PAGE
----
The film version of David Levithan’s Every Day will be hitting the cinemas on the 23rd of February. The trailer looked interesting so, I decided to read the book first.
Each morning, ‘A’ wakes up in a different body. There’s never any warning about who it will be, but A is used to that. Never get too attached. Avoid being noticed. Do not interfere.
And that’s fine – until A wakes up in the body of Justin and meets Justin’s girlfriend, Rhiannon. From that moment, the rules by which A has been living no longer apply. Because finally A has found someone he wants to be with – every day . . .
I loved the unusual premise of this story and didn’t know why I’d never read the book before… until I saw the cover.
Sadly, I don’t like anything about this cover. Whilst the outline of the people made from writing is clever, it’s not visually appealing to me or interesting in anyway and the yukky orange is even more florescent than it looks in this picture, which means it’s worse in real life than it looks here! I know you shouldn’t judge a book by its cover, but it’s no wonder I hadn’t picked it up.
I wondered whether the fact that A switches bodies would be confusing, but he has a great distinct voice so, even though he was in different lives, it wasn’t a problem. Learning about the people he inhabits was interesting and, because Every Day is written in first person point of view, I totally understood his motives.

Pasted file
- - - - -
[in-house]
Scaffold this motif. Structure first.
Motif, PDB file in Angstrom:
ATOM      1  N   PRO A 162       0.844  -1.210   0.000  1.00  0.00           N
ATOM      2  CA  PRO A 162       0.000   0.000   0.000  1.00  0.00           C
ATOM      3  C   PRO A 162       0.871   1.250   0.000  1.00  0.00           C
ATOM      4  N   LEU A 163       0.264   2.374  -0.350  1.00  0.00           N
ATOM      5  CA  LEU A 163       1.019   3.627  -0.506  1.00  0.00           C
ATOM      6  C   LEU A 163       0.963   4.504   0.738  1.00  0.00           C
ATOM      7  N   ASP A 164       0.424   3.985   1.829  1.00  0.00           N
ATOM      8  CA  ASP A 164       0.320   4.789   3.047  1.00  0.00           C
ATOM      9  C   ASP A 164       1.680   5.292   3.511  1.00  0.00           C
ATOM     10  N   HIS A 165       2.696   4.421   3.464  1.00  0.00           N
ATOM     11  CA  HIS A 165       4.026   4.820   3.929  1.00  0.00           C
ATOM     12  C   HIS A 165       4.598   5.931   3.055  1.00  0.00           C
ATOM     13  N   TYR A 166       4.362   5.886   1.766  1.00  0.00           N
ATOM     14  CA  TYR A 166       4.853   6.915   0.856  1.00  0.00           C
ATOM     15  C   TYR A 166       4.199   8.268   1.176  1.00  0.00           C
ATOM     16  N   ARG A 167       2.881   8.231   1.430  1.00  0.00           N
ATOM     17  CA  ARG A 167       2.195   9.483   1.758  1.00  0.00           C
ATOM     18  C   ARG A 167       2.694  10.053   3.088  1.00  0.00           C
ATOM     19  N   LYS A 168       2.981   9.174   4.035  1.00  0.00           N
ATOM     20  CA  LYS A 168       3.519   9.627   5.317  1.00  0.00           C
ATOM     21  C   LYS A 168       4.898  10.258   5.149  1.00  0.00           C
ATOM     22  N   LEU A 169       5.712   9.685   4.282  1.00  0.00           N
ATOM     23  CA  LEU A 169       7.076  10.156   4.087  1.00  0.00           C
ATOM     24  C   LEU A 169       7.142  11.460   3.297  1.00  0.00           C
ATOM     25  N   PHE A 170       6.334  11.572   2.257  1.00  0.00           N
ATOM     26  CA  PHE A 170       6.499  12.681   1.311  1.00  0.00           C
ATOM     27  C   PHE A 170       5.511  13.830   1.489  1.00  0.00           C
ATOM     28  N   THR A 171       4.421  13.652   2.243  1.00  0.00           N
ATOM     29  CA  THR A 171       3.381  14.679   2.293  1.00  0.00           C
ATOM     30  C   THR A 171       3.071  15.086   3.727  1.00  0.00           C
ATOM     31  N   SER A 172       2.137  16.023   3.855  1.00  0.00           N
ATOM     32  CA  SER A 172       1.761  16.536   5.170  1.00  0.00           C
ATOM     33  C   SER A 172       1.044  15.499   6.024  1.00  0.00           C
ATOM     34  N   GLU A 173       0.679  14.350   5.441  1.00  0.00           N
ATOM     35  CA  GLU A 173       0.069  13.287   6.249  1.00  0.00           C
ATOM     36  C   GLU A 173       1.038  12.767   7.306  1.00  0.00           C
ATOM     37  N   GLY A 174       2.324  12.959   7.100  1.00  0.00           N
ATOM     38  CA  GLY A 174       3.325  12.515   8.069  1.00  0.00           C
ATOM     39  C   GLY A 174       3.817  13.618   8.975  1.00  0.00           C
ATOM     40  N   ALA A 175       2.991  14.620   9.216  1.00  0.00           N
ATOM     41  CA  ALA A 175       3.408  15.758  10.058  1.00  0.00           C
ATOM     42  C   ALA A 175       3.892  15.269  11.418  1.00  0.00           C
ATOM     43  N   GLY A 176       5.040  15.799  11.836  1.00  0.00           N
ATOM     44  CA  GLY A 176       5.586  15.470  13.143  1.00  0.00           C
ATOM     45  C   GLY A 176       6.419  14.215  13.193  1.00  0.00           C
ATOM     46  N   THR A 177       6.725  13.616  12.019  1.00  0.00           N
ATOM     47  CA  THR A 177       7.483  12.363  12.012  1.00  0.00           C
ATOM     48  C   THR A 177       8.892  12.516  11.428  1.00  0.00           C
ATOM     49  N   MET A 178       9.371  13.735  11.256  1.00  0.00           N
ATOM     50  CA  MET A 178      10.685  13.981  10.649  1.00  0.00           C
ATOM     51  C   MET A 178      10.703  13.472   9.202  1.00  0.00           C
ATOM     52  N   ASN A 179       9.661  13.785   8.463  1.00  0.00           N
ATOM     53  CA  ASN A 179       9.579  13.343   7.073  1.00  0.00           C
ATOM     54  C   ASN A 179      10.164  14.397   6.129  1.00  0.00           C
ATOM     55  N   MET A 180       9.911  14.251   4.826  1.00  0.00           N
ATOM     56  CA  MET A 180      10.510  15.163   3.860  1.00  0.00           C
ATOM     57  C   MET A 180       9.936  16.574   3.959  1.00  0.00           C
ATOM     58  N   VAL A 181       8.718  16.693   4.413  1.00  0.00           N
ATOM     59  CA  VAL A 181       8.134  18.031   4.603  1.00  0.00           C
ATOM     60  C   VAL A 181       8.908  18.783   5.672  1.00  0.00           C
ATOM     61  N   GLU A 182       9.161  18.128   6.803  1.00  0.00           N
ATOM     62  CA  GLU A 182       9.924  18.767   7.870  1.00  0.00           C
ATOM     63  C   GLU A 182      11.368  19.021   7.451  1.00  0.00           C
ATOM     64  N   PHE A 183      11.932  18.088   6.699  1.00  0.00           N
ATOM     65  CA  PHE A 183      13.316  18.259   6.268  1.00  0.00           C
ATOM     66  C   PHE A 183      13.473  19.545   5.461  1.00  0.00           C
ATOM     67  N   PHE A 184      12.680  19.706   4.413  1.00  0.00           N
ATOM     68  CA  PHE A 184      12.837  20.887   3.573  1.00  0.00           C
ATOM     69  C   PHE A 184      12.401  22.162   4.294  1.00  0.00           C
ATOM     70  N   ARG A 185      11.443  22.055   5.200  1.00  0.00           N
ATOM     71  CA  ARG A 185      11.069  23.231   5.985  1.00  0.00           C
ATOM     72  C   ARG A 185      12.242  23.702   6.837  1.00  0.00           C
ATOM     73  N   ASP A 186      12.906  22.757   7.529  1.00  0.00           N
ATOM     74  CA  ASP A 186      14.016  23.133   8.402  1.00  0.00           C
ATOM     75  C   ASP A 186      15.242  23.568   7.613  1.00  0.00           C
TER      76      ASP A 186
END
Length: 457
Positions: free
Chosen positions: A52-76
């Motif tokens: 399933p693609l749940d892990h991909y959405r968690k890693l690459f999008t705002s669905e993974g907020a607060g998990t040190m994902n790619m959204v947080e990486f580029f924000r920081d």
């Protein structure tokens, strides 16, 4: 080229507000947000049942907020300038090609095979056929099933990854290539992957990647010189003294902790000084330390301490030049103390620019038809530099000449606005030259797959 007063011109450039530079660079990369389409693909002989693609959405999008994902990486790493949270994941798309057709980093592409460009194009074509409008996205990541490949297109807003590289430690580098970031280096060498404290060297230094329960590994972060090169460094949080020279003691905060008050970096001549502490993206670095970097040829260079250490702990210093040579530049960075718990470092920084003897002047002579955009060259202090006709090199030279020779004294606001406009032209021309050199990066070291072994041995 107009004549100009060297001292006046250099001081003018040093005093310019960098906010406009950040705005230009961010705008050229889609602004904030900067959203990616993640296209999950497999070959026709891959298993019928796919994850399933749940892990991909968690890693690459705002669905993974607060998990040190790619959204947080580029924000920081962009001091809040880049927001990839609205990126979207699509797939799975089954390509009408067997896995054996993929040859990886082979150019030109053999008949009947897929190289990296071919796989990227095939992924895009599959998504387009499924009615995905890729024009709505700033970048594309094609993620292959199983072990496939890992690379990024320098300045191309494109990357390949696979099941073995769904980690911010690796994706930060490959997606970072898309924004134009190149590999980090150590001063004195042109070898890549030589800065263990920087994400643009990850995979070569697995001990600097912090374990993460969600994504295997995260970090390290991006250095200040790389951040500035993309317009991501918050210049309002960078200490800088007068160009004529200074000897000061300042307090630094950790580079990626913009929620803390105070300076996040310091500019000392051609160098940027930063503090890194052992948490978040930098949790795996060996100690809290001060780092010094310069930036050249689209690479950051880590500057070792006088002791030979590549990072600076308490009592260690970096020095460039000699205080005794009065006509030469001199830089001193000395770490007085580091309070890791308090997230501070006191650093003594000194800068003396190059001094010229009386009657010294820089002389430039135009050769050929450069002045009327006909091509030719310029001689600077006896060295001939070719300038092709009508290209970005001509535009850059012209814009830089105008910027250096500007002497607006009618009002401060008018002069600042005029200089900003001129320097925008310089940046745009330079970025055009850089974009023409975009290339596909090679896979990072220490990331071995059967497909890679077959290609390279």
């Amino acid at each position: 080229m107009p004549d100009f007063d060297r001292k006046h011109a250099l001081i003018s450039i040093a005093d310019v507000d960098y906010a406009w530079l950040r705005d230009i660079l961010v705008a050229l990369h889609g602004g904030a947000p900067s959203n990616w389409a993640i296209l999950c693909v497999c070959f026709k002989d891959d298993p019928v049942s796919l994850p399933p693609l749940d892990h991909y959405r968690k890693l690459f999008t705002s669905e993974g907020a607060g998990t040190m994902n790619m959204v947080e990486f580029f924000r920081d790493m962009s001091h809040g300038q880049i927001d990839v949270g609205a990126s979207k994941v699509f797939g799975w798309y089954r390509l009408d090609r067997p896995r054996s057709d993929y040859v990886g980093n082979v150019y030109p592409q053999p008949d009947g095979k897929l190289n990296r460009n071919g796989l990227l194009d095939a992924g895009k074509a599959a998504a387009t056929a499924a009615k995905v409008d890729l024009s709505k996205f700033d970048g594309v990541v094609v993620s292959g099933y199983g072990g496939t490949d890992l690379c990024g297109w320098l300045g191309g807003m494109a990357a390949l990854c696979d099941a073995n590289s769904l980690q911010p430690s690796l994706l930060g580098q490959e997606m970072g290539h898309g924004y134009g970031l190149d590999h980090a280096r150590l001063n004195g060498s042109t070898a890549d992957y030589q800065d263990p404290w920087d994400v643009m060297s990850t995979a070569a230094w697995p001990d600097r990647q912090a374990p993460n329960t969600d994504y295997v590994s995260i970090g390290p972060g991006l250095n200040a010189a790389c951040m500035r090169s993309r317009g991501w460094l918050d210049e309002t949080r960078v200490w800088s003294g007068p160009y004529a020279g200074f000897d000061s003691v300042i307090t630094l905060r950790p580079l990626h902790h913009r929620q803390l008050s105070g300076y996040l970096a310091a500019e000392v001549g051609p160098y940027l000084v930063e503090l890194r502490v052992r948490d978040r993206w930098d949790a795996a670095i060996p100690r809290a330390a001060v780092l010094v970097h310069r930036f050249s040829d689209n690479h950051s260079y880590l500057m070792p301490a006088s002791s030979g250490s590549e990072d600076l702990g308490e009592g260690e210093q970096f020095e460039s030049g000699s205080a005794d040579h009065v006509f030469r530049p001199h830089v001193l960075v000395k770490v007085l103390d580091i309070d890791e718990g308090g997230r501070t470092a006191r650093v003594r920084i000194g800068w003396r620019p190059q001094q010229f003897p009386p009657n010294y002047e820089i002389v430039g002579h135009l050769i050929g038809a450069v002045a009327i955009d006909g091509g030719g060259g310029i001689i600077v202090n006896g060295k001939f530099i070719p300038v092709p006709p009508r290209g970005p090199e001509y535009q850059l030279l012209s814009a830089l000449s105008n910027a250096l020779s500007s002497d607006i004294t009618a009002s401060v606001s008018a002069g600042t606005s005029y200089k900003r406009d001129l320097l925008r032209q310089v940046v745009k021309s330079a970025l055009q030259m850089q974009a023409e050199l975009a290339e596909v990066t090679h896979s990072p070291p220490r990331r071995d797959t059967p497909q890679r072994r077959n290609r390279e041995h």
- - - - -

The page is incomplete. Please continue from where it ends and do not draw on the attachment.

Rhiannon, the girl he falls in love with, is also a great well written character. She starts out with a douche-bag boyfriend and ends up with … nope, no spoilers.
The only other consistent character is Nathan. After being ‘taken over’ by A for the day, Nathan decides he has been possessed by the devil and sets out to prove it. This leads to A finding out more about his body-hopping condition. I had a lot of sympathy for poor Nathan.
I really enjoyed the book and finished it in two days (it would have only been one but real life kept intruding) but the ending wasn’t totally satisfying for me. No spoilers, but I wanted there to be more. And then, joy, I found it had a sequel, Another Day. But wait, this wasn’t a true sequel! It’s the same story told by Rhiannon. I have ordered the book, but honestly I’m not holding out much hope. (And it has an equally bad cover!)
The film trailer
Want to see how this translates the big screen? Check out the trailer.
This is an unusual and original book that’s definitely worth reading. The plot was well thought out, although you do have to buy into the idea that someone could wake up every day in a different body.
So, what do you think? Have you read Every Day? Will you be watching the film? Do you like the cover? Let’s talk in the comments below.